In order to be prepared, we loaded some changes of clothes for ourselves, complete with a stocked diaper bag, as well as the car seat, into the trunk. We wanted to be ready when we got the call.

We also had a dilemma: we needed to pick a name for our baby.

Did I mention? Catholic Charities told us, “it’s a girl”.

We knew what we wanted for a boy’s name–Samuel Amir–but we had not arrived at a decision on a girl’s name. We had contemplated it often, but had not arrived at a name that we each liked.

We wanted a Biblical name, but not Jezebel or Athaliah or Herodias.

I thought about my favorite women in the Bible–Deborah and Jael. Jael was a badass: anyone who drives a tent peg through a bad guy’s head is worthy of consideration in my book. And Deborah was both brave and wise.

But those didn’t go well with my last name.

And while I like Elizabeth, MrsLarijani vetoed that one. Besides, that one, like Mary, is way too common.

We also wanted a Persian middle name, and finding one for a girl–that had a Christian theme–was proving elusive.

We both settled on Abigail Hamadeh Marie. Hamadeh means “one who praises”. Marie is MrsLarijani’s middle name.

We also thought through the logistics of MrsLarijani taking maternity leave, then going back part time. We did the math on that, and figured it would provide no benefit for her to go back part-time.

We decided that MrsLarijani was going to be a SAHM. Due to the inflation–that doesn’t officially exist–and due to my not getting my promised pay raises, the margin was thinner than I wanted, but we figured it was doable.

But after the news, we waited. We knew we could get the call at any time. We also knew that the expected due date was weeks away. We had no idea how accurate that estimate was. In the back of my mind, I knew that ANYTHING could go wrong. A lady in our church lost her baby weeks before delivery. Died in the womb.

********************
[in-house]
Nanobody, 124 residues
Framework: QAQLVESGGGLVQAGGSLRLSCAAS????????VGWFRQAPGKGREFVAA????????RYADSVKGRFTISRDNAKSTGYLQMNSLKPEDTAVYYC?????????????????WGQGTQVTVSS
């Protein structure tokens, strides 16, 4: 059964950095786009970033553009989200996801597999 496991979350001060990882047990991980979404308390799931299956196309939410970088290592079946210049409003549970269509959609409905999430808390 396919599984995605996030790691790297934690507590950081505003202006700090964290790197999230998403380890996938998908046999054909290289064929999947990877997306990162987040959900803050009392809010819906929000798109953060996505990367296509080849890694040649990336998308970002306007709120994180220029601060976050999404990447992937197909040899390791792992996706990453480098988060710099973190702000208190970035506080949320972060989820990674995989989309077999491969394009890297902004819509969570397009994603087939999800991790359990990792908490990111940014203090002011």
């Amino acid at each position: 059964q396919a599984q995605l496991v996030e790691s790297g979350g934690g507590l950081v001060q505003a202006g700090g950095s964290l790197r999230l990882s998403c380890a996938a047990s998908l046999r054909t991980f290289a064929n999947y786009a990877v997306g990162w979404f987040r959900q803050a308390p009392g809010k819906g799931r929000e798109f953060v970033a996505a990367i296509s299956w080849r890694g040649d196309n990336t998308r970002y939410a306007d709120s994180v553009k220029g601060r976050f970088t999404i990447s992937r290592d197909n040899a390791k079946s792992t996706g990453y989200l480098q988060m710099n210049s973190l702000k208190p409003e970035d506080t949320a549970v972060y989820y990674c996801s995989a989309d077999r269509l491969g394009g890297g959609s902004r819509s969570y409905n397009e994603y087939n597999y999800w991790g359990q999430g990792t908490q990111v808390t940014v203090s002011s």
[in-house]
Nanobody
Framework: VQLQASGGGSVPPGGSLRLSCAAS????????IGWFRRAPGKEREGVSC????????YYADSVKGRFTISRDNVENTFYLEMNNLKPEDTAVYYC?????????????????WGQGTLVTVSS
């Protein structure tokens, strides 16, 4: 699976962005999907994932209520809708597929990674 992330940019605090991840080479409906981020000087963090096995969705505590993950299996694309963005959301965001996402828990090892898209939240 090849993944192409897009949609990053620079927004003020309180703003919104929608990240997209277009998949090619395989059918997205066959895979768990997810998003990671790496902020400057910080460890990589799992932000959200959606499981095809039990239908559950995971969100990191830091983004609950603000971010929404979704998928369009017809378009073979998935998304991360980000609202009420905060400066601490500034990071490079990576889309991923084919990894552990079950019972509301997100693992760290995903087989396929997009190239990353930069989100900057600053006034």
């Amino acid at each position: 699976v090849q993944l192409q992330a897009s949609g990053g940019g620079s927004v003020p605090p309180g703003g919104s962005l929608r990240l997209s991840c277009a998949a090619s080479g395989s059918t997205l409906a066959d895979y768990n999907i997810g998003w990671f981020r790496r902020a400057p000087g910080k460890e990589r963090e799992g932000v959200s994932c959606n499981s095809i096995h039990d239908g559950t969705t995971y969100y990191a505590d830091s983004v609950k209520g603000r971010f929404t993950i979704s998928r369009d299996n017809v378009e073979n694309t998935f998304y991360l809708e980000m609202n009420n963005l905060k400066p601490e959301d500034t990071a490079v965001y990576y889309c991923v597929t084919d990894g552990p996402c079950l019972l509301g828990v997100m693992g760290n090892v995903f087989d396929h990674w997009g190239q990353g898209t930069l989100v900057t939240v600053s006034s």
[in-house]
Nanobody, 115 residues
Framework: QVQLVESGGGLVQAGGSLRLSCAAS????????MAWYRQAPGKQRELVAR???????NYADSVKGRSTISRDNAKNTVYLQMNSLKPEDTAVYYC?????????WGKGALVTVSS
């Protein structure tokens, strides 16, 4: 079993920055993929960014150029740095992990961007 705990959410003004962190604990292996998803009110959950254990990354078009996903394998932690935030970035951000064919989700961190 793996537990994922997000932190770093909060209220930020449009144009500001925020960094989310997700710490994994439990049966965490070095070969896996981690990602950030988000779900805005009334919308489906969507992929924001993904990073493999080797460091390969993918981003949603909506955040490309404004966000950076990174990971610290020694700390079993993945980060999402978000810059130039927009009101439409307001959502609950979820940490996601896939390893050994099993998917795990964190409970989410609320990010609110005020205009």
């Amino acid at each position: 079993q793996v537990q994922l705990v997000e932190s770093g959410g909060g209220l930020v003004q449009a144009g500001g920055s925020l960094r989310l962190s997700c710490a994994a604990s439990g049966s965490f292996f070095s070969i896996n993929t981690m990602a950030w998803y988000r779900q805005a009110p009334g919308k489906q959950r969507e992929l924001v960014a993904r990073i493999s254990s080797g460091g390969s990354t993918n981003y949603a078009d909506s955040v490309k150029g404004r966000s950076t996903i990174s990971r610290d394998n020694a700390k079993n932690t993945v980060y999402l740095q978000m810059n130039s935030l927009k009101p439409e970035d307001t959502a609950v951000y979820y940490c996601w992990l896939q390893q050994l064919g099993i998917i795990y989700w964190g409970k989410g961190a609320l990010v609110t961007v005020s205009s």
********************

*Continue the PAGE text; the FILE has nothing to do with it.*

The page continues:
Better people than us have gone through that fire. I see no indication that we are less-deserving of such things than anyone else. And while God performs miracles and even protects people from evil, we also know that, for reasons we don’t fully grasp, bad things happen to good people.

This is why I prayed to God: “let her be born healthy, let the adoption process go smoothly.” There are many things that can go wrong in an adoption. Even if the baby is perfectly healthy. Even after you’ve taken your baby home. And in rare cases, even after the adoption is finalized.

I knew of the risks. I knew enough adoptive parents, and I was aware of the legal issues that can go south. Sadly, this is why many couples adopt internationally: while that carries a lot of red tape, not to mention travel expenses, once the child comes home, the chances of a birth parent flying in and suing to get the child back are close to zero.

And so we prayed.

And waited.

And prayed.

And waited.

Being cynical, I figured we would get the call at the least convenient time, if not after the expected due date.

Meanwhile, at work, I had some tight deadlines: due to a third party sitting on an RFP (Request For Purchase) for 6 months, we had until mid-March to finish a major implementation. And I was responsible for ensuring that our critical systems interfaced with the new product via the API (Application Programming Interface).

As February 8 drew nearer, the anticipation–and stress–rose. We were sort of expecting some kind of news during the week of the 8th.

But, true to form, my cynicism proved reliable: February 8 came and went: no news.

Saturday, February 11 was a tough day for MrsLarijani.

While she had been, consistently, the best salesperson at the store, the new general manager had been, for lack of better words, chilly at best toward MrsLarijani. She had aligned herself with some of the younger gals in the store, and had been extremely critical of MrsLarijani. It didn’t matter that MrsLarijani was the most punctual, reliable, and highest-performing salesperson on the floor: the GM simply didn’t like her. That tension had been boiling for months, ever since the old GM–who was very good–was transferred.

But that Saturday, things had come to a head: over a very minor issue, the GM “wrote up” MrsLarjani. That was her first “write-up” in her four years at this place. And MrsLarijani was rightfully pissed.